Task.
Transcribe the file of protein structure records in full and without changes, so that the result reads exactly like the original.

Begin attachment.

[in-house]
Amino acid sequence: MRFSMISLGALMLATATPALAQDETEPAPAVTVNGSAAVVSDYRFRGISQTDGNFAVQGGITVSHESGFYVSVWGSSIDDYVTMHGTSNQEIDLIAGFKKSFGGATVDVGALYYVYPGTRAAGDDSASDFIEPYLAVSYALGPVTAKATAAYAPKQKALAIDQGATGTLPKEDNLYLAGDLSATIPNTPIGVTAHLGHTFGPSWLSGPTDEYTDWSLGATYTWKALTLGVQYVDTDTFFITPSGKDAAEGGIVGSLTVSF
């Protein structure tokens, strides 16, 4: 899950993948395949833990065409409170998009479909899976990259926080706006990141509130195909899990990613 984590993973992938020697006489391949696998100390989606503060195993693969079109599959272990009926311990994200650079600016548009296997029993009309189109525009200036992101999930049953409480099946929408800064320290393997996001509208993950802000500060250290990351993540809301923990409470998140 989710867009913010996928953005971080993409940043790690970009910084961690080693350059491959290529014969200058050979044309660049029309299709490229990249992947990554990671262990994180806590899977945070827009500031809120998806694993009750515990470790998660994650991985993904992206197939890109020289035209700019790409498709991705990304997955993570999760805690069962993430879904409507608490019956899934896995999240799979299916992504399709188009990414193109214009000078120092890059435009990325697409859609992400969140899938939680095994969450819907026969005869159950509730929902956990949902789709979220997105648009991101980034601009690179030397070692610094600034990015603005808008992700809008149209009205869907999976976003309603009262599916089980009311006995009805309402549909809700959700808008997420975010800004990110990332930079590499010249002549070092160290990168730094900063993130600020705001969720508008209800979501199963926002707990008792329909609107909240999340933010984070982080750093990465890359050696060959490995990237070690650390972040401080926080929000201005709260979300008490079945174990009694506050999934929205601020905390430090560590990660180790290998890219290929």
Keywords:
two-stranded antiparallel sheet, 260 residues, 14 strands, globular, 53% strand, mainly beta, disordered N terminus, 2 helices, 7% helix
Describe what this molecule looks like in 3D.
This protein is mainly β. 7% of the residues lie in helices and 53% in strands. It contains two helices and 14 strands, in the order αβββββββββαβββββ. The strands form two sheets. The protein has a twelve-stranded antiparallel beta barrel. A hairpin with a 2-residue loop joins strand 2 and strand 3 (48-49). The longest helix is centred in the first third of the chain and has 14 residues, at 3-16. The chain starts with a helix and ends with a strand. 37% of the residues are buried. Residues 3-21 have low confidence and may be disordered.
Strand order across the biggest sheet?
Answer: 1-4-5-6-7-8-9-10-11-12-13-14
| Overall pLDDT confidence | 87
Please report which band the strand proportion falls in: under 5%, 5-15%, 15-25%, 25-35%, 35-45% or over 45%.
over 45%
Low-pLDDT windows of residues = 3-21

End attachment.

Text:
[in-house]
Amino acid sequence: MRFSMISLGALMLATATPALAQDETEPAPAVTVNGSAAVVSDYRFRGISQTDGNFAVQGGITVSHESGFYVSVWGSSIDDYVTMHGTSNQEIDLIAGFKKSFGGATVDVGALYYVYPGTRAAGDDSASDFIEPYLAVSYALGPVTAKATAAYAPKQKALAIDQGATGTLPKEDNLYLAGDLSATIPNTPIGVTAHLGHTFGPSWLSGPTDEYTDWSLGATYTWKALTLGVQYVDTDTFFITPSGKDAAEGGIVGSLTVSF
């Protein structure tokens, strides 16, 4: 899950993948395949833990065409409170998009479909899976990259926080706006990141509130195909899990990613 984590993973992938020697006489391949696998100390989606503060195993693969079109599959272990009926311990994200650079600016548009296997029993009309189109525009200036992101999930049953409480099946929408800064320290393997996001509208993950802000500060250290990351993540809301923990409470998140 989710867009913010996928953005971080993409940043790690970009910084961690080693350059491959290529014969200058050979044309660049029309299709490229990249992947990554990671262990994180806590899977945070827009500031809120998806694993009750515990470790998660994650991985993904992206197939890109020289035209700019790409498709991705990304997955993570999760805690069962993430879904409507608490019956899934896995999240799979299916992504399709188009990414193109214009000078120092890059435009990325697409859609992400969140899938939680095994969450819907026969005869159950509730929902956990949902789709979220997105648009991101980034601009690179030397070692610094600034990015603005808008992700809008149209009205869907999976976003309603009262599916089980009311006995009805309402549909809700959700808008997420975010800004990110990332930079590499010249002549070092160290990168730094900063993130600020705001969720508008209800979501199963926002707990008792329909609107909240999340933010984070982080750093990465890359050696060959490995990237070690650390972040401080926080929000201005709260979300008490079945174990009694506050999934929205601020905390430090560590990660180790290998890219290929």
Keywords:
two-stranded antiparallel sheet, 260 residues, 14 strands, globular, 53% strand, mainly beta, disordered N terminus, 2 helices, 7% helix
Describe what this molecule looks like in 3D.
This protein is mainly β. 7% of the residues lie in helices and 53% in strands. It contains two helices and 14 strands, in the order αβββββββββαβββββ. The strands form two sheets. The protein has a twelve-stranded antiparallel beta barrel. A hairpin with a 2-residue loop joins strand 2 and strand 3 (48-49). The longest helix is centred in the first third of the chain and has 14 residues, at 3-16. The chain starts with a helix and ends with a strand. 37% of the residues are buried. Residues 3-21 have low confidence and may be disordered.
Strand order across the biggest sheet?
Answer: 1-4-5-6-7-8-9-10-11-12-13-14
| Overall pLDDT confidence | 87
Please report which band the strand proportion falls in: under 5%, 5-15%, 15-25%, 25-35%, 35-45% or over 45%.
over 45%
Low-pLDDT windows of residues = 3-21